Regarding evolution and creationism's role in the classroom:
Evolution is a process, not an event responsible for transforming a single cell into a human. The essence of evolution is to explain why populations of organisms change over time.
To try to apply "evolution" to single-handedly prove huge biological leaps is impossible. Moreover, to disclaim or try to equate evolution to creationism by attacking the lack of "links" between a man and a single cell is incredibly silly.
To account for billions of years of change in 158 years time is ludicrous. This is no way to judge science. Evolution is not obvious to the ignorant, being a dynamic yet gradual process.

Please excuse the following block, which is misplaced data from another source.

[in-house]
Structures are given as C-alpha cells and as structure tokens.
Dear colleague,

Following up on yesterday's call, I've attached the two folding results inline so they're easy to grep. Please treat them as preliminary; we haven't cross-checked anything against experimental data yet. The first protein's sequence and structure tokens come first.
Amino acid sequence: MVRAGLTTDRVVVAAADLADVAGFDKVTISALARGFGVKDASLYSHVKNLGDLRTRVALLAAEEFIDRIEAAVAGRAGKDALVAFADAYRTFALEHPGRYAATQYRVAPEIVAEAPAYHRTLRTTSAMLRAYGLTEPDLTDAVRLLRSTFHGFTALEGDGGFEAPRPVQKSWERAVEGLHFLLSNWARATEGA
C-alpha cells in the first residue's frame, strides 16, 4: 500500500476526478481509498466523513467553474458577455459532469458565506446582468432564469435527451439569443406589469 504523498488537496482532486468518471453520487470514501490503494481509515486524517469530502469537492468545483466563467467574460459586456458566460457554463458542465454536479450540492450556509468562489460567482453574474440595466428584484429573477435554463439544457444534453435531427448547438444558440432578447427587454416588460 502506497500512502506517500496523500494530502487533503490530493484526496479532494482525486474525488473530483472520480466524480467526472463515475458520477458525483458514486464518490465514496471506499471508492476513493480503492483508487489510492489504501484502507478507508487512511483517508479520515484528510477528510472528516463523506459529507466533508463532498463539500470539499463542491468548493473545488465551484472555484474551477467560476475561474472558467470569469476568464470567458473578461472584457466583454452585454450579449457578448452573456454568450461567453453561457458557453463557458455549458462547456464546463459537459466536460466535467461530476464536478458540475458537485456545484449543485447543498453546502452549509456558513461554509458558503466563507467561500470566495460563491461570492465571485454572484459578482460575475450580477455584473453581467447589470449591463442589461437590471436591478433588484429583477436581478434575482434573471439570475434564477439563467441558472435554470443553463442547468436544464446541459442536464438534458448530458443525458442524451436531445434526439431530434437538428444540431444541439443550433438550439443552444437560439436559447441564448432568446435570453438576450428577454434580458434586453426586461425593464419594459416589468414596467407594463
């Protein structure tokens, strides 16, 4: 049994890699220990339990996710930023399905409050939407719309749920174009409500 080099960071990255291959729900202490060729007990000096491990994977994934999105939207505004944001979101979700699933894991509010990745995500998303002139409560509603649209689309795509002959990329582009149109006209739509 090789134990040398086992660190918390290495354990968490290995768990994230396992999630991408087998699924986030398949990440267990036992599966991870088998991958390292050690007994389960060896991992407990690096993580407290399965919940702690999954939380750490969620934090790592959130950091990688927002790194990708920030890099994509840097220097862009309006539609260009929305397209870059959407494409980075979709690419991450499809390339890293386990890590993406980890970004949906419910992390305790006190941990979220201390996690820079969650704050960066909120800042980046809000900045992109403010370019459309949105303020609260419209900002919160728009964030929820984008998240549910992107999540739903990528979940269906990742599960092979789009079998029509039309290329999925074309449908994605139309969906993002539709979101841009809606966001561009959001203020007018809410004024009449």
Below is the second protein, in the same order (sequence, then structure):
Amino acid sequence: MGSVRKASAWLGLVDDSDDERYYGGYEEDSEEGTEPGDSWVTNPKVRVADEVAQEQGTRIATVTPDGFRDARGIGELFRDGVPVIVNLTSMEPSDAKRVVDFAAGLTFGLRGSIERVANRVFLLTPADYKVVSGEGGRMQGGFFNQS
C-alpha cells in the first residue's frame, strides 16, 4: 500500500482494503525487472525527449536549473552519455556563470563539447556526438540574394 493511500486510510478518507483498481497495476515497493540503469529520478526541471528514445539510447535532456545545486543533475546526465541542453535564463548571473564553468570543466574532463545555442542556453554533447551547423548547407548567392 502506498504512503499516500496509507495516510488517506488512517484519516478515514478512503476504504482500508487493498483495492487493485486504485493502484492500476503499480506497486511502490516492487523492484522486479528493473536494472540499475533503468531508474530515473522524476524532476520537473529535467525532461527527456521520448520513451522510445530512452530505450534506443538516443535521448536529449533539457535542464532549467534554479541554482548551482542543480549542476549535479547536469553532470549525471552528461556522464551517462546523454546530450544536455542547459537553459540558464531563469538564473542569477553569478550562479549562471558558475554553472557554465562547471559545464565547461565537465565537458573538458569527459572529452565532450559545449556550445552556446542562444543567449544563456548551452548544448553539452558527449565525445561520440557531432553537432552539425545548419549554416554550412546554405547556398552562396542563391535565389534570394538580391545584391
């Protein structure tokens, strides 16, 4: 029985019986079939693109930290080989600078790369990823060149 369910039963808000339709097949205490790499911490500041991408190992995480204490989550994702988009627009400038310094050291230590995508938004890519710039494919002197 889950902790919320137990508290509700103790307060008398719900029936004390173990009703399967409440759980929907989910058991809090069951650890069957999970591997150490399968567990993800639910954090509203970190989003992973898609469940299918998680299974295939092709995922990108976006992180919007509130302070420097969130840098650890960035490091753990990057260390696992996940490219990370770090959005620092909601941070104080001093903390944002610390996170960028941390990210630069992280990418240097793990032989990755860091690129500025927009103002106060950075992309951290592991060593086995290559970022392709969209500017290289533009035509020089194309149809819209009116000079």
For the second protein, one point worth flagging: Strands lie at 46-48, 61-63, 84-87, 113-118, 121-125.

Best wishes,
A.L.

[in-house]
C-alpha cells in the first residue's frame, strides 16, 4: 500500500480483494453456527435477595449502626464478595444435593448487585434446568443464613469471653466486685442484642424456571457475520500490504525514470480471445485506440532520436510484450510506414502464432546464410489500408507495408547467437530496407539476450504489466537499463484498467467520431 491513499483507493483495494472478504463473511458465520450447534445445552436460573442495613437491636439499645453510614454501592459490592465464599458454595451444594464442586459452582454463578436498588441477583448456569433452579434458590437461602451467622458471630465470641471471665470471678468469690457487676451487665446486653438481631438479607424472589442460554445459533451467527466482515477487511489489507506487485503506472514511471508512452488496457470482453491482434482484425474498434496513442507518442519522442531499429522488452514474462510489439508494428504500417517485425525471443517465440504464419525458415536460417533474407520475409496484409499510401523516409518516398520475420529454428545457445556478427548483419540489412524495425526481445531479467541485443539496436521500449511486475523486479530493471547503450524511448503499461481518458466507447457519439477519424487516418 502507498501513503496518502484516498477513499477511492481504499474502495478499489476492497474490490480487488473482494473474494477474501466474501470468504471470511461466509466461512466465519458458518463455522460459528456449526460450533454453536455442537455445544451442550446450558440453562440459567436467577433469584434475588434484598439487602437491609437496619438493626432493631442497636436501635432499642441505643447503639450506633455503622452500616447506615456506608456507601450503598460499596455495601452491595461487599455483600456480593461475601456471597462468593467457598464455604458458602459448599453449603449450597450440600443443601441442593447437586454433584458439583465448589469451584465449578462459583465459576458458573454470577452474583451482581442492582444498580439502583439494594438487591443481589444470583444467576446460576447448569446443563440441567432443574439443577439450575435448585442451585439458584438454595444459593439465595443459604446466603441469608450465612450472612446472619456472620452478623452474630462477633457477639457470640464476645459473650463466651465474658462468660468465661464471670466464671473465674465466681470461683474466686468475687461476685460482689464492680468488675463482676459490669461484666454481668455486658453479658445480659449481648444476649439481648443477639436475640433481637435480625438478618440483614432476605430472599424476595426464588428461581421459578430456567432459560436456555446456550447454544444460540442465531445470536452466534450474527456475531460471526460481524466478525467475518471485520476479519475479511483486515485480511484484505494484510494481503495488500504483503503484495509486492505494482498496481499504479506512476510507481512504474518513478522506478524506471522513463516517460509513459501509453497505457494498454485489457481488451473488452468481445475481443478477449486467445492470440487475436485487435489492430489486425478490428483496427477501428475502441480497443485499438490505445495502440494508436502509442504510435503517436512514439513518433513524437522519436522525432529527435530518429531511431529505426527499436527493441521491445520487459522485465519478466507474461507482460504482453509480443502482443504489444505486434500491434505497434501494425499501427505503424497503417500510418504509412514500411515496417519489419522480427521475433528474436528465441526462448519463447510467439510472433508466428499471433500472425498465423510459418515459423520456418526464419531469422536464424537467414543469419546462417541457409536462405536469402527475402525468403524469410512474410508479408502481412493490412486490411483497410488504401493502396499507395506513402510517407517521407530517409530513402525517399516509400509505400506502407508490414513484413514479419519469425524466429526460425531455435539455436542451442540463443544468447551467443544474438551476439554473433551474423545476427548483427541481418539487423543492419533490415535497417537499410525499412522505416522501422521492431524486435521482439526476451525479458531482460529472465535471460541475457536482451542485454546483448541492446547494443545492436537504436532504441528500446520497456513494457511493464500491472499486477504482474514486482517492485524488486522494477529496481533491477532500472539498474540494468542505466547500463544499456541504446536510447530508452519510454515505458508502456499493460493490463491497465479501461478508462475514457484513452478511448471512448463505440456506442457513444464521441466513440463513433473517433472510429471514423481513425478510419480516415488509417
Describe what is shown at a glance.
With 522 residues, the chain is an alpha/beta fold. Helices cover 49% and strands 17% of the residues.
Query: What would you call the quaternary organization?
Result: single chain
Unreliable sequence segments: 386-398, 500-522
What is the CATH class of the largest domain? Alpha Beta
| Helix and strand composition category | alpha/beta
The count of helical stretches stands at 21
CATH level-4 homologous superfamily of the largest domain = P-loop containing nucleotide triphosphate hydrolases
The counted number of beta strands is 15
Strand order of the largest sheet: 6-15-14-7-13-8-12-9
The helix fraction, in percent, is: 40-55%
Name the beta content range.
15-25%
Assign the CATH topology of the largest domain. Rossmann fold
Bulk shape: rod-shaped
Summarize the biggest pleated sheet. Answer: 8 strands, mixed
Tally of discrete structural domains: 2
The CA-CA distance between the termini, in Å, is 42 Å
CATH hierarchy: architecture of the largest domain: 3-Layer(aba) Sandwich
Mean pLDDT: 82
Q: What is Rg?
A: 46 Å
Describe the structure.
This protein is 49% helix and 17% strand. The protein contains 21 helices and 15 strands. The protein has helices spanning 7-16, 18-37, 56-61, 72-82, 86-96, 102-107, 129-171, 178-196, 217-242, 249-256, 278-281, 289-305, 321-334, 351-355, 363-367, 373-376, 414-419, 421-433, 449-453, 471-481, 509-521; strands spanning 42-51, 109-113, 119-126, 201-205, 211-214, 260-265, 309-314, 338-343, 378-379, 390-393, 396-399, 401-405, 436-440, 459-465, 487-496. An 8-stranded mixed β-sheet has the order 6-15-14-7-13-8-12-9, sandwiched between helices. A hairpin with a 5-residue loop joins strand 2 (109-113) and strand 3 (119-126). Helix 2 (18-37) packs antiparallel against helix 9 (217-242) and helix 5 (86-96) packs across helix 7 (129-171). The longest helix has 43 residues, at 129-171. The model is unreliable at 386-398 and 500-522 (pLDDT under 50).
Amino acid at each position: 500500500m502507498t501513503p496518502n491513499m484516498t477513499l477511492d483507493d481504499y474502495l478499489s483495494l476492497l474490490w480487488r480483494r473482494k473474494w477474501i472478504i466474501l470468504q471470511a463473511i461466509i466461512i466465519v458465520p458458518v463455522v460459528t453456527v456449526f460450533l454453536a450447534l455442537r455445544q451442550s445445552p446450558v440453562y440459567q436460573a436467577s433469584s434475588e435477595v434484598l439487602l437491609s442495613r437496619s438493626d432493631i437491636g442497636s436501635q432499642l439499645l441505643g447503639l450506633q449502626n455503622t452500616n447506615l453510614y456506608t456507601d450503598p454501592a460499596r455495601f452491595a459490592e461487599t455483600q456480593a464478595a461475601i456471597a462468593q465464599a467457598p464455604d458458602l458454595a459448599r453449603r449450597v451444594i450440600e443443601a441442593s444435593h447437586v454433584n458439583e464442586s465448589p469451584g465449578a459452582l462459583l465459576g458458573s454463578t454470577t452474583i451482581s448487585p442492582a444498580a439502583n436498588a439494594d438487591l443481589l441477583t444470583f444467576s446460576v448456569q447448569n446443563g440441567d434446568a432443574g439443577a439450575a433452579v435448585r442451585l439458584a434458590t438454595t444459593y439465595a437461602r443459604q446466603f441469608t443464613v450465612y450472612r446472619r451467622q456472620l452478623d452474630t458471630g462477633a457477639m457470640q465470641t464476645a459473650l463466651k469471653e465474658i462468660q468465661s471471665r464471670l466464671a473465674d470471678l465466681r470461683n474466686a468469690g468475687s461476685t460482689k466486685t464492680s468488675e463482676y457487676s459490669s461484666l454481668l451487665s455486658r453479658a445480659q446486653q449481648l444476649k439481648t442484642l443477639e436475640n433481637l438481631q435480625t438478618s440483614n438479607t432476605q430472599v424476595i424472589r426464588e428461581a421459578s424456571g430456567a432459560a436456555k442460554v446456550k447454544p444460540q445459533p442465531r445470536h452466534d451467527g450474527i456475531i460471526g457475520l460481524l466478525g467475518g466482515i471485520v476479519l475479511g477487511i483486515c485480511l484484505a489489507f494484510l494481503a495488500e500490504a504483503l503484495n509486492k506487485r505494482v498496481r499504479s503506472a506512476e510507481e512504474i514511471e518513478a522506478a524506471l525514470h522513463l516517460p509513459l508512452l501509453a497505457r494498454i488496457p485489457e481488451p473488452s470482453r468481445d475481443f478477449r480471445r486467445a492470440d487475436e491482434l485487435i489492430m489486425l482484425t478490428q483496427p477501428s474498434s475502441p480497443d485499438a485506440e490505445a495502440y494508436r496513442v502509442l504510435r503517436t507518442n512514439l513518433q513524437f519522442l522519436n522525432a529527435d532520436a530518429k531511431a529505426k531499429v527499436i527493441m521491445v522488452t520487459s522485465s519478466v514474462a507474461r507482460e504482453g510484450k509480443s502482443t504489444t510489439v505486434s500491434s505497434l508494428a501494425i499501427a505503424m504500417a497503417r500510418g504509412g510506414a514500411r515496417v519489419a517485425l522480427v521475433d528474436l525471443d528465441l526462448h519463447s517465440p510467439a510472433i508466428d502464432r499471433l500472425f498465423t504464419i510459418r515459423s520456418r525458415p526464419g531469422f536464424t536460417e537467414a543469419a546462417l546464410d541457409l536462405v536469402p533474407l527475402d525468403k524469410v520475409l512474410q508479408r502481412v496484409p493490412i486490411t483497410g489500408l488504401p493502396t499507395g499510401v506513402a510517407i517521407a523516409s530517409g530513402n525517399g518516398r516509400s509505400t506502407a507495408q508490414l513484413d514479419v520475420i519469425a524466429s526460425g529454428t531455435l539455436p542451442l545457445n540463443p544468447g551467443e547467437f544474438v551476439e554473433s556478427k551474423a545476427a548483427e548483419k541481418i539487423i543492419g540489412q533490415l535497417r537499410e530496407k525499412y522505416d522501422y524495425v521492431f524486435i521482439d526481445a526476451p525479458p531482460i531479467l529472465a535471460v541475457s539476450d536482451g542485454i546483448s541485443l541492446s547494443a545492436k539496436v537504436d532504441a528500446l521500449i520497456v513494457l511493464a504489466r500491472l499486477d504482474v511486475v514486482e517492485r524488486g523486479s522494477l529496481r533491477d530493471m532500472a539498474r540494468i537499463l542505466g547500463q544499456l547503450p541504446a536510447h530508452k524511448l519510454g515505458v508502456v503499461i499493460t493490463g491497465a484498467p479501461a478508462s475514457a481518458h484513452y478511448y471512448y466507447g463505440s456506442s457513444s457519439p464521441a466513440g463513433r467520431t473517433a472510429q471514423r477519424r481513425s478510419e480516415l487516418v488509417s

Teaching evolution is not a deliberate act to undermine God or refute the Bible. Nor are evolutionists crusaders against "believers in God." Furthermore, when did the validity of evolution hinge on its means to show that humans evolved from microorganisms? Evolution is the linchpin of biology as the atom unifies chemistry - both are held in "theory" but are essential.
Creationism does nothing for learning about or understanding biology. Schools only need to go so far as to mention that there is a possibility of a "creator" for early forms of life. Unless there is extensive work on how creationism explains relationships between biological topics based on scientific principle and observation, then any more time in the class spent to appease creationists should be considered strictly theological.
Kenny N. Kay, Martinez
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